A network of honeypots.
An Internet-attached server that acts as a decoy, luring in potential hackers in order to study their activities and monitor how they are able to break into a system. Honeypots are designed to mimic systems that an intruder would like to break into but limit the intruder from having access to an entire network. If […]
- hoot and holler
Hoot and holler networks provide “always on” multiuser conferences without requiring that users dial into the conference. These networks came into being more than 40 years ago when local concentrations of small specialized businesses with common, time-critical informational interests. Junkyards for example, began to install their own phone wires, speakers (called squawk boxes), and microphones […]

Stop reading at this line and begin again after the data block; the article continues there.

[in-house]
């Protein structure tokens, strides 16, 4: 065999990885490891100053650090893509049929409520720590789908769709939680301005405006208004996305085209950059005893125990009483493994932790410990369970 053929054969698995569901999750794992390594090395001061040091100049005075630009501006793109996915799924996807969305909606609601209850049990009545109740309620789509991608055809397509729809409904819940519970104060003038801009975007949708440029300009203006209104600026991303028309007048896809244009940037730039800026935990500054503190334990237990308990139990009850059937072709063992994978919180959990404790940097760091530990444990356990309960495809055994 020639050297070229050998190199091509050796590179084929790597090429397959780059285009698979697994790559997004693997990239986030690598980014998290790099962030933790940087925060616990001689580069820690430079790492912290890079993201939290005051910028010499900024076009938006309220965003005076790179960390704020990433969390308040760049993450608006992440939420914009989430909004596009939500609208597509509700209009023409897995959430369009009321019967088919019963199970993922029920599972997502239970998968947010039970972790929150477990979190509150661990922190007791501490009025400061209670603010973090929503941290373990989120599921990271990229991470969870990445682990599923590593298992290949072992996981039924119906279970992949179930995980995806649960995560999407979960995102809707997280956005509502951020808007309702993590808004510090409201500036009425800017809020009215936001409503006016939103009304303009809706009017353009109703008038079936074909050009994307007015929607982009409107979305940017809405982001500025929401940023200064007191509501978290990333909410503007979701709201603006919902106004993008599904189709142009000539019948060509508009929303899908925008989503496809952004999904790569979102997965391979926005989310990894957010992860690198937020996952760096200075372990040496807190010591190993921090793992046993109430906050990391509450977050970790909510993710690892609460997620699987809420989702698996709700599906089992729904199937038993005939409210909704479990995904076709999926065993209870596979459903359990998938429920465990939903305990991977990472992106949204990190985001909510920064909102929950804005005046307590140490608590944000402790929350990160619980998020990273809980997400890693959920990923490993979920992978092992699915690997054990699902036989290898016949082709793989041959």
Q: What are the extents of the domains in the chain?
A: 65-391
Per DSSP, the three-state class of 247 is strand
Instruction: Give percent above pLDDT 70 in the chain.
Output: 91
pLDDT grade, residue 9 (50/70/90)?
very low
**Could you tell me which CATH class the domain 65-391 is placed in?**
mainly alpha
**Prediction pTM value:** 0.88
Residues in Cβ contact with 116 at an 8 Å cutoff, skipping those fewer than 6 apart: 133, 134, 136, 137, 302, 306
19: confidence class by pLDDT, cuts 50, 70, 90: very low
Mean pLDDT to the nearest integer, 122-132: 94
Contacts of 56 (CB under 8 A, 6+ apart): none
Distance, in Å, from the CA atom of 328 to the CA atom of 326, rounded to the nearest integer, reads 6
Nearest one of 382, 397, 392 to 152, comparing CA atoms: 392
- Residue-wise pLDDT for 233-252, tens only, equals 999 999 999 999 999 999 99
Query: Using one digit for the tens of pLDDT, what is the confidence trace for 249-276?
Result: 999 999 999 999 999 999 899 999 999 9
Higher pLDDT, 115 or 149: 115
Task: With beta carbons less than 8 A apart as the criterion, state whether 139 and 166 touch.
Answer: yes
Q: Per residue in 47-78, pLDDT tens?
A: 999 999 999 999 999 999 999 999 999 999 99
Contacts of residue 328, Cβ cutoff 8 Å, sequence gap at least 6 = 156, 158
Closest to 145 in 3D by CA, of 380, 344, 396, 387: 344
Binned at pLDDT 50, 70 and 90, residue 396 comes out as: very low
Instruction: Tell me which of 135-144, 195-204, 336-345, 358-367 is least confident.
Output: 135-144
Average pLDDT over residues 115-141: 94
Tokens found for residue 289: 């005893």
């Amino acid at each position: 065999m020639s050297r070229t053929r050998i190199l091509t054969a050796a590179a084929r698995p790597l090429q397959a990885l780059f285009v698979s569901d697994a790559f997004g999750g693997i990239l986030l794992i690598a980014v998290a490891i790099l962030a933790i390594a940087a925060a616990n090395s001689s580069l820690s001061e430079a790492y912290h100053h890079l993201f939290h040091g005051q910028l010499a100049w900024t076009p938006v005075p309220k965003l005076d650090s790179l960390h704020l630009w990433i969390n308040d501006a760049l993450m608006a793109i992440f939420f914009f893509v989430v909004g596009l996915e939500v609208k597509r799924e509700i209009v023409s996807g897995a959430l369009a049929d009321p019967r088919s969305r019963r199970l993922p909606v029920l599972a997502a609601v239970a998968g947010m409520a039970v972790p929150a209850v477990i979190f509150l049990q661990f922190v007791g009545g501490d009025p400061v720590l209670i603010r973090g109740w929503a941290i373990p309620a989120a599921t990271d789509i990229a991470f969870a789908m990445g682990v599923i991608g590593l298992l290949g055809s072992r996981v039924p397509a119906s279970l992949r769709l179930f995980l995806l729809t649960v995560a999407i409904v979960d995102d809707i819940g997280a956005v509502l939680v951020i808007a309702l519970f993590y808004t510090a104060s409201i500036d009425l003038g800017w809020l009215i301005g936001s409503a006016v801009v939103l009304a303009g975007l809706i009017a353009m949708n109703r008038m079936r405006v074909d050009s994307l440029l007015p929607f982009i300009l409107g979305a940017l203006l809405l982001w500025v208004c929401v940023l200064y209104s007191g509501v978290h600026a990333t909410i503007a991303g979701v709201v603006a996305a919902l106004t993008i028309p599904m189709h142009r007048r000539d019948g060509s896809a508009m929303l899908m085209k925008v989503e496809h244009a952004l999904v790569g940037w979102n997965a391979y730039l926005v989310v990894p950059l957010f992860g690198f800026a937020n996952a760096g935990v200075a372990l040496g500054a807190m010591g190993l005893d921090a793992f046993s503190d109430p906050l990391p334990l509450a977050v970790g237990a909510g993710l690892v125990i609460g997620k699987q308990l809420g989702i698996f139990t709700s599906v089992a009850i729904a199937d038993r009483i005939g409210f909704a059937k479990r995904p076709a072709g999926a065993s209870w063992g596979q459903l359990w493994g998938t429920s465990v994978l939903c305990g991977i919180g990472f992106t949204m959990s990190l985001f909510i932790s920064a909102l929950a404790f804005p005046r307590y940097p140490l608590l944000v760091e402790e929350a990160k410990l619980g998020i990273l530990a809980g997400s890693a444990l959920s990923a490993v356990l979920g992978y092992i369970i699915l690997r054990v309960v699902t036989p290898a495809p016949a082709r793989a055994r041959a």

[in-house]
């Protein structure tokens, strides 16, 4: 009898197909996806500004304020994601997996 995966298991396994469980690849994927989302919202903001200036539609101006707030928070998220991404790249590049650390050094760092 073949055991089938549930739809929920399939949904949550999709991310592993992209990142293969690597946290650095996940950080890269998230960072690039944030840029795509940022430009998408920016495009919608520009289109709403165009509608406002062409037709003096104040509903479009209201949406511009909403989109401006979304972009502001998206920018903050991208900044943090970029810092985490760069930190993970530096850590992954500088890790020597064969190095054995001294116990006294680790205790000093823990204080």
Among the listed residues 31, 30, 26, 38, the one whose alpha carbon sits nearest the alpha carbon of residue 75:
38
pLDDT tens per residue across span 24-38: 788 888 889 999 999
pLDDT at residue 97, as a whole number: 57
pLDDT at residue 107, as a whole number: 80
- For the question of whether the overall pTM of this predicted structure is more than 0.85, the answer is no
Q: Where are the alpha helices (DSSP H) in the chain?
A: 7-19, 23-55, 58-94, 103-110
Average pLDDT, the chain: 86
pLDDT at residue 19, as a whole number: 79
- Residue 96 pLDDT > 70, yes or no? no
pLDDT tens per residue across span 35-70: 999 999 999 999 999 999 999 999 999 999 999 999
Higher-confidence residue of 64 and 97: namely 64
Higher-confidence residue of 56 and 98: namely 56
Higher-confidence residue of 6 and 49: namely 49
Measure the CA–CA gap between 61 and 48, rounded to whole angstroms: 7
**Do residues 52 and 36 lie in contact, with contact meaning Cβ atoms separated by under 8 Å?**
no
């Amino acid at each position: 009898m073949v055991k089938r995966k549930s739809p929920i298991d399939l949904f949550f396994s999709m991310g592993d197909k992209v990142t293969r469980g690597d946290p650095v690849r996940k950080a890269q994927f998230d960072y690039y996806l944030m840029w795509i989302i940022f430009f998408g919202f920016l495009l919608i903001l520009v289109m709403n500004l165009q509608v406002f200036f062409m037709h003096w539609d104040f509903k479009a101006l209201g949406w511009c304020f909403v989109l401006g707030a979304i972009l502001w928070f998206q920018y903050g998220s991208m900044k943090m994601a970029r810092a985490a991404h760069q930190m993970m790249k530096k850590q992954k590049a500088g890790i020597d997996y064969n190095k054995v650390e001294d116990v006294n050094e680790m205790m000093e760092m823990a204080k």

An intermediate connection in a string of connections linking two network devices. On the Internet, for example, most data packets need to go through several routers before they reach their final destination. Each time the packet is forwarded to the next router, a hop occurs. The more hops, the longer it takes for data to […]
- hop off
Point at which a call transitions from H.323 to non-H.323, typically at a gateway.
(n) (1) A computer system that is accessed by a user working at a remote location. Typically, the term is used when there are two computer systems connected by modems and telephone lines. The system that contains the data is called the host, while the computer at which the user sits is called the remote […]